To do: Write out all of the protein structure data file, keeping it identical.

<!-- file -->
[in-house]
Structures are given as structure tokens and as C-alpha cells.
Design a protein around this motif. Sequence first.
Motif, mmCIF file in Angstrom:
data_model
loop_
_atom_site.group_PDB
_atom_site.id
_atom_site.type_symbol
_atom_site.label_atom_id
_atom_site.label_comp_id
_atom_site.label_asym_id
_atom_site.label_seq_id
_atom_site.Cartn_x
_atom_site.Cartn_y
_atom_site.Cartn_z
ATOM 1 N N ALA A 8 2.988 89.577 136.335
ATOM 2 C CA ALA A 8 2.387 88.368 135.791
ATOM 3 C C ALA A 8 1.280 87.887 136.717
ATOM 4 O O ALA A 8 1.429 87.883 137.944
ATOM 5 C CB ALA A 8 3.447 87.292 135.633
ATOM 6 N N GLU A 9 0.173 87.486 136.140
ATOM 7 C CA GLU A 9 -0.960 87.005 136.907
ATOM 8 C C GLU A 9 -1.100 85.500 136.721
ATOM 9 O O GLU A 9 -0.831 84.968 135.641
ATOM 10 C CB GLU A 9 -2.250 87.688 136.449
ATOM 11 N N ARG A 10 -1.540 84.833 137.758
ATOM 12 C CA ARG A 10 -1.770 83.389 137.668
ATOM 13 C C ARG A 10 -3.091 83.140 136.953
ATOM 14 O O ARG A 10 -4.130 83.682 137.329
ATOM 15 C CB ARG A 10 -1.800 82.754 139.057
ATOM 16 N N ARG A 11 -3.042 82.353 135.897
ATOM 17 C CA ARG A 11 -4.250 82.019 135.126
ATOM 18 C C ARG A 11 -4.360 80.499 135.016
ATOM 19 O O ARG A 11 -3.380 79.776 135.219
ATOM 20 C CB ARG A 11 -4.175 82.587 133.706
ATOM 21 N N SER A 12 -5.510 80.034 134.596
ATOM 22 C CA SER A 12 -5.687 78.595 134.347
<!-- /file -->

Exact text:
[in-house]
Structures are given as structure tokens and as C-alpha cells.
Design a protein around this motif. Sequence first.
Motif, mmCIF file in Angstrom:
data_model
loop_
_atom_site.group_PDB
_atom_site.id
_atom_site.type_symbol
_atom_site.label_atom_id
_atom_site.label_comp_id
_atom_site.label_asym_id
_atom_site.label_seq_id
_atom_site.Cartn_x
_atom_site.Cartn_y
_atom_site.Cartn_z
ATOM 1 N N ALA A 8 2.988 89.577 136.335
ATOM 2 C CA ALA A 8 2.387 88.368 135.791
ATOM 3 C C ALA A 8 1.280 87.887 136.717
ATOM 4 O O ALA A 8 1.429 87.883 137.944
ATOM 5 C CB ALA A 8 3.447 87.292 135.633
ATOM 6 N N GLU A 9 0.173 87.486 136.140
ATOM 7 C CA GLU A 9 -0.960 87.005 136.907
ATOM 8 C C GLU A 9 -1.100 85.500 136.721
ATOM 9 O O GLU A 9 -0.831 84.968 135.641
ATOM 10 C CB GLU A 9 -2.250 87.688 136.449
ATOM 11 N N ARG A 10 -1.540 84.833 137.758
ATOM 12 C CA ARG A 10 -1.770 83.389 137.668
ATOM 13 C C ARG A 10 -3.091 83.140 136.953
ATOM 14 O O ARG A 10 -4.130 83.682 137.329
ATOM 15 C CB ARG A 10 -1.800 82.754 139.057
ATOM 16 N N ARG A 11 -3.042 82.353 135.897
ATOM 17 C CA ARG A 11 -4.250 82.019 135.126
ATOM 18 C C ARG A 11 -4.360 80.499 135.016
ATOM 19 O O ARG A 11 -3.380 79.776 135.219
ATOM 20 C CB ARG A 11 -4.175 82.587 133.706
ATOM 21 N N SER A 12 -5.510 80.034 134.596
ATOM 22 C CA SER A 12 -5.687 78.595 134.347